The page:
Sunday, September 17, 2006

Is Ignorance Bliss?

For those who have ever pondered "Can what I don't know hurt me???" consider reading John Boyne's new book The Boy in the Striped Pajamas.

Boyne, John. 2006. The Boy in The Striped Pajamas.

The Boy in the Striped Pajamas is either the best-worst book I’ve ever read OR the worst-best book I’ve ever read. There are many words I could use to describe this novel or “fable” by John Boyne. Powerful. Gripping. Emotional. Haunting. Tragic. Beautiful. Manipulative. Disturbing. Thought-Provoking. Challenging. Whether you hate it or love it, one thing can’t be is a novel that stays with you long after you’ve finished reading it. And how many ‘novels’ can you honestly say have that same effect?

What is it about? I’m not going to tell you. Not much anyway. Part of the intrigue of The Boy in the Striped Pajamas is its ambiguous description, at least this was the case for me. I picked the book up and scanned the back cover looking for a description only to find: “The story of The Boy In The Striped Pajamas is very difficult to describe. Usually we give some clues about the book on the jacket, but in this case we think that would spoil the reading of the book. We think it is important that you start to read without knowing what it is about. If you do start to read this book, you will go on a journey with a nine-year-old boy called Bruno. (Though this isn’t a book for nine-year-olds.) And sooner or later you will arrive with Bruno at a fence. Fences like this exist all over the world. We hope you never have to encounter such a fence.”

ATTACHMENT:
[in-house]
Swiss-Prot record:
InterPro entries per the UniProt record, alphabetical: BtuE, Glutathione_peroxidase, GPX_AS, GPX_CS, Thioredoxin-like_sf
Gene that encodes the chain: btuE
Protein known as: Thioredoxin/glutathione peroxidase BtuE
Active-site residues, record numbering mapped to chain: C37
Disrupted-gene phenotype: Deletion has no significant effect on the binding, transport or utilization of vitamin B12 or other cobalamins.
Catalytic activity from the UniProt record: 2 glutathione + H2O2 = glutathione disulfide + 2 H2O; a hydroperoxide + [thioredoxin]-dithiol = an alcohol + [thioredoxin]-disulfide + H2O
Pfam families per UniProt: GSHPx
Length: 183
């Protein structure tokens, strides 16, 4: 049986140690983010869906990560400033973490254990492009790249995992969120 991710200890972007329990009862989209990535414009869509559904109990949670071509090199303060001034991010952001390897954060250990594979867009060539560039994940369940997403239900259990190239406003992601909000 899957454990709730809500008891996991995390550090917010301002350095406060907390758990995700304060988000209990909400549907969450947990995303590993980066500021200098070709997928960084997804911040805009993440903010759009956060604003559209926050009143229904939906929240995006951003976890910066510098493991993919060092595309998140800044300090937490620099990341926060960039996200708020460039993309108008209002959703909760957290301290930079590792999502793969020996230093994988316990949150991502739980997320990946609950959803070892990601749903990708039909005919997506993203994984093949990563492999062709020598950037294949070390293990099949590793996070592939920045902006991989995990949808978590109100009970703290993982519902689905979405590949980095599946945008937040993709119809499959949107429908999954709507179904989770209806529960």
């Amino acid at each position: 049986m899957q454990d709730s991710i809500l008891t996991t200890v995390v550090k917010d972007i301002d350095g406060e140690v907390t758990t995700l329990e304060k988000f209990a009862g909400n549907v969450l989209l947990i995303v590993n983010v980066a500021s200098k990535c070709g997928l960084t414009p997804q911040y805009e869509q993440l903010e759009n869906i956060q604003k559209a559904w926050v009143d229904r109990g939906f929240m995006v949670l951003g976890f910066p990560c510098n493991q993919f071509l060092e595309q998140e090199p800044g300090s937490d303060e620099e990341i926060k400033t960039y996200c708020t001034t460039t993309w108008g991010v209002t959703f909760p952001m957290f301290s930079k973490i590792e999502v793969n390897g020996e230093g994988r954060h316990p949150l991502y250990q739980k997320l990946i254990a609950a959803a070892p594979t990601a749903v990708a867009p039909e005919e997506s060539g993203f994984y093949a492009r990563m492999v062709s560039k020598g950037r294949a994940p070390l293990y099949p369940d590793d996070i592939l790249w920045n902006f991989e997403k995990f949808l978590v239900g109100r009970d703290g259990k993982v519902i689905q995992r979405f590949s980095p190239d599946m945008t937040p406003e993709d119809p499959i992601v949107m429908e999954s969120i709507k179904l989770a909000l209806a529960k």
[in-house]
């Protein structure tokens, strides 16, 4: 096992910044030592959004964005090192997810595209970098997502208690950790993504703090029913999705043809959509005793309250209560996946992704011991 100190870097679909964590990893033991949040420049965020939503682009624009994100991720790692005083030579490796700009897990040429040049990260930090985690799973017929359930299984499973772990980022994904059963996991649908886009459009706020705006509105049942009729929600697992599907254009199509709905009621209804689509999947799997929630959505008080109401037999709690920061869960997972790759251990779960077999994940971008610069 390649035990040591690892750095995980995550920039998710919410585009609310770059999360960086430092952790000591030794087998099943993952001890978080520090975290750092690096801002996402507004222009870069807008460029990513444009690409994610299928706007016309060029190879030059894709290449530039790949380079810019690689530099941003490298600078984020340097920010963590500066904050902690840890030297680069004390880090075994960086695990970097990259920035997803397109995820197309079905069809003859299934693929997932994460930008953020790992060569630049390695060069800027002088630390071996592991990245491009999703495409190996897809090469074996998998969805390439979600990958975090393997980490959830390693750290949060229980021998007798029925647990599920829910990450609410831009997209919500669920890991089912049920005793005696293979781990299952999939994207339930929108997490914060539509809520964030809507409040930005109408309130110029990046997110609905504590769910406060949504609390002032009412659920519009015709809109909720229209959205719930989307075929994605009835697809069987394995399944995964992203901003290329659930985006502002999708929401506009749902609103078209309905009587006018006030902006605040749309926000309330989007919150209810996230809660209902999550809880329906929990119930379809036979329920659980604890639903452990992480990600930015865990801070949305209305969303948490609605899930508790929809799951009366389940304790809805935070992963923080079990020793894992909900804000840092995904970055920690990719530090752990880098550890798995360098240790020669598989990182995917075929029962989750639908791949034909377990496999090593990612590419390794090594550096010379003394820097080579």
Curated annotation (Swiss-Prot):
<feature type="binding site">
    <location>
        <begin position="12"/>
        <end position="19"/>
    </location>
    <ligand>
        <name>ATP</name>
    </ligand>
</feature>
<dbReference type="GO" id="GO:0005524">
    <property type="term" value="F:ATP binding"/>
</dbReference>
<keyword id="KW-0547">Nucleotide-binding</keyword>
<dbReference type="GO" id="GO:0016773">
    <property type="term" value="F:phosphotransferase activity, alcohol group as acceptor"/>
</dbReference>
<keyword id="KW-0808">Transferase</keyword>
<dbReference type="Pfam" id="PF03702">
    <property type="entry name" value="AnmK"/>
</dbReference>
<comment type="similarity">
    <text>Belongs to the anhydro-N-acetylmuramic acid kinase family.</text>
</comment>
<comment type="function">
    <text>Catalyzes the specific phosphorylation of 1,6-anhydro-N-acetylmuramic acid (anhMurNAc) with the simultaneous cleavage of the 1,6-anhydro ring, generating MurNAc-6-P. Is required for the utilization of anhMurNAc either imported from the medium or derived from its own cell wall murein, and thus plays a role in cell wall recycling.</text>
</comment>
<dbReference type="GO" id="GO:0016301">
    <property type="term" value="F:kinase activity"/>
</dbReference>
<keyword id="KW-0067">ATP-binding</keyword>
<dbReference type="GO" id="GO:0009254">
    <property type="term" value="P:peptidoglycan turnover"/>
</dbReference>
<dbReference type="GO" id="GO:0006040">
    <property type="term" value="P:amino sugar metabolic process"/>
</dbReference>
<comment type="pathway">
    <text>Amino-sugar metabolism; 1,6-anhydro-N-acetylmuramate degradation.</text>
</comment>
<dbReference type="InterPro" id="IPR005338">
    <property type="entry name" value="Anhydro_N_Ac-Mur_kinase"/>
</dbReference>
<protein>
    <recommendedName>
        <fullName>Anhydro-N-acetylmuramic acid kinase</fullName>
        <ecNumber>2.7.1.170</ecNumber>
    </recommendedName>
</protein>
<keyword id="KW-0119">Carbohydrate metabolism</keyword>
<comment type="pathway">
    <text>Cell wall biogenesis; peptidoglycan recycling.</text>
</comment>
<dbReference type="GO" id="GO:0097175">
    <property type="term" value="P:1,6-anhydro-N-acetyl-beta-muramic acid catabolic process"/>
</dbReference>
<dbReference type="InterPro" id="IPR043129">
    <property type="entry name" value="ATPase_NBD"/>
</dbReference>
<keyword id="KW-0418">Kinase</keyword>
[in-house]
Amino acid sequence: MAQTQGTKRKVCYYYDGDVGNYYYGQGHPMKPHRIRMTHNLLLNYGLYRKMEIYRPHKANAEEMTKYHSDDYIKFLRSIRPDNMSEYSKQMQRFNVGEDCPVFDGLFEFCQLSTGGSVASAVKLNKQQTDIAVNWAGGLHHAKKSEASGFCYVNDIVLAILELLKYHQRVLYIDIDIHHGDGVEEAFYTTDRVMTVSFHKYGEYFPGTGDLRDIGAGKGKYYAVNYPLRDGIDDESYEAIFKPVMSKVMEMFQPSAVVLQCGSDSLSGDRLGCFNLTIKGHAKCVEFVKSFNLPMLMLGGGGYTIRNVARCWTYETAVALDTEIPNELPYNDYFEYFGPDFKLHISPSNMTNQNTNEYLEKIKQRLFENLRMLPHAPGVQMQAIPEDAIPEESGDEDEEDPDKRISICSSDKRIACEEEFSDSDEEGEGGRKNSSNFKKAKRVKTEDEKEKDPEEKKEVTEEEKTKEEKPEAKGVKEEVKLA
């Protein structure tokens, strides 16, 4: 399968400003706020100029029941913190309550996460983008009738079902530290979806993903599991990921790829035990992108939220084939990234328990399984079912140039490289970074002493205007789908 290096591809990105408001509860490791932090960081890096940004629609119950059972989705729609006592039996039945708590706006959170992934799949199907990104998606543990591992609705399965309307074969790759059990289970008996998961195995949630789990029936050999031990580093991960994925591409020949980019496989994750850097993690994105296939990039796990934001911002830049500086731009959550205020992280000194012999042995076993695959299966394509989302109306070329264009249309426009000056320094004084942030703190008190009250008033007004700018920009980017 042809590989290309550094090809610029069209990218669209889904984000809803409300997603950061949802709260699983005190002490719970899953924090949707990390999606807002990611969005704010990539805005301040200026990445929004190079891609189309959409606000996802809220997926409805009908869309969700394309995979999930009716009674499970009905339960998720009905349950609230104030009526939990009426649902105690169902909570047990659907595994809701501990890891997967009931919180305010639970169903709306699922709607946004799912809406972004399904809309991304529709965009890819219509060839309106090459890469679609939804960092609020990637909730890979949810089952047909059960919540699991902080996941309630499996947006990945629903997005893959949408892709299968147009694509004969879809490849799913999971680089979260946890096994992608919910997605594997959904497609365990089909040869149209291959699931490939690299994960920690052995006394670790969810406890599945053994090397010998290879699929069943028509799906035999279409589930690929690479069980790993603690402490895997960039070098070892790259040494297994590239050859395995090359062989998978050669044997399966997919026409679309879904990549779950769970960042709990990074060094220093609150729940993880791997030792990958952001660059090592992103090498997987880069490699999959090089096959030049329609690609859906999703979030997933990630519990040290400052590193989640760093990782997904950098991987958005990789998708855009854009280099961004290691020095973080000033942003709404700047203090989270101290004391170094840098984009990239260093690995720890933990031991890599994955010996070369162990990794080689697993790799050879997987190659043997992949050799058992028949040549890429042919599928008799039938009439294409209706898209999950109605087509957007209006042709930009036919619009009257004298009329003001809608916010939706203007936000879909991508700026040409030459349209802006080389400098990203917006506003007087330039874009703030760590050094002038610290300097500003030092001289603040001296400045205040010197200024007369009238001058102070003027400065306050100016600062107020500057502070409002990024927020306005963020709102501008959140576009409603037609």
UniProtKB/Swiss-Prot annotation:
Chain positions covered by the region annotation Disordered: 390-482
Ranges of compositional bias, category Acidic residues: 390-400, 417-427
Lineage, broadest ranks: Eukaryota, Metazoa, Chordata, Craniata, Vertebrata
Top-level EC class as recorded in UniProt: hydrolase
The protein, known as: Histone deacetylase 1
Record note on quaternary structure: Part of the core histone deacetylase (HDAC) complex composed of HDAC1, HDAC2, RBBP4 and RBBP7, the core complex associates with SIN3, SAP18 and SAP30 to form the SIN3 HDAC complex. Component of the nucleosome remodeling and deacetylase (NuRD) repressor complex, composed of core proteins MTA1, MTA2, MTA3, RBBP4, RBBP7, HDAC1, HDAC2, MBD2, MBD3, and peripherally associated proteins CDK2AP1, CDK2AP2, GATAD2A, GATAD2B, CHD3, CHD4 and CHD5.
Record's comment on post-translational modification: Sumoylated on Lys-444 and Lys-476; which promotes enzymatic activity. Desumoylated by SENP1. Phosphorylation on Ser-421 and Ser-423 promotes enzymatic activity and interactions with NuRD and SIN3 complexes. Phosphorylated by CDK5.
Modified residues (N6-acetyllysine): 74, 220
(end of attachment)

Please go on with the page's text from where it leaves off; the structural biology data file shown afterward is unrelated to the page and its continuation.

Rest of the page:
For those with good deductive reasoning skills, the subject matter may be relatively easy to guess. Without even ‘cheating’ by reading any of the text, I was able to guess that perhaps--just perhaps--this Bruno was about to encounter one of the most horrific crimes against humanity in the twentieth century.

I have described the book itself. But I would like a chance to describe the book’s young hero. Bruno is the poster-child for innocence. He represents everything that is right with the world. Young. Naive. Innocent. Trusting. Care-free. Vulnerable. Honest. Gullible. In some ways The Boy in the Striped Pajamas is a book about the very best in humanity colliding with the very worst in humanity...a novelization of humanity’s struggle with itself.

While The Boy In the Striped Pajamas is not for everyone--it requires a certain emotional maturity and stability--it is a beautiful book. Beautiful and awful at the same time. . . if such a thing is possible. It is a book that I know will haunt me for many years to come, yet I can’t decide if that is a good thing or a bad thing.

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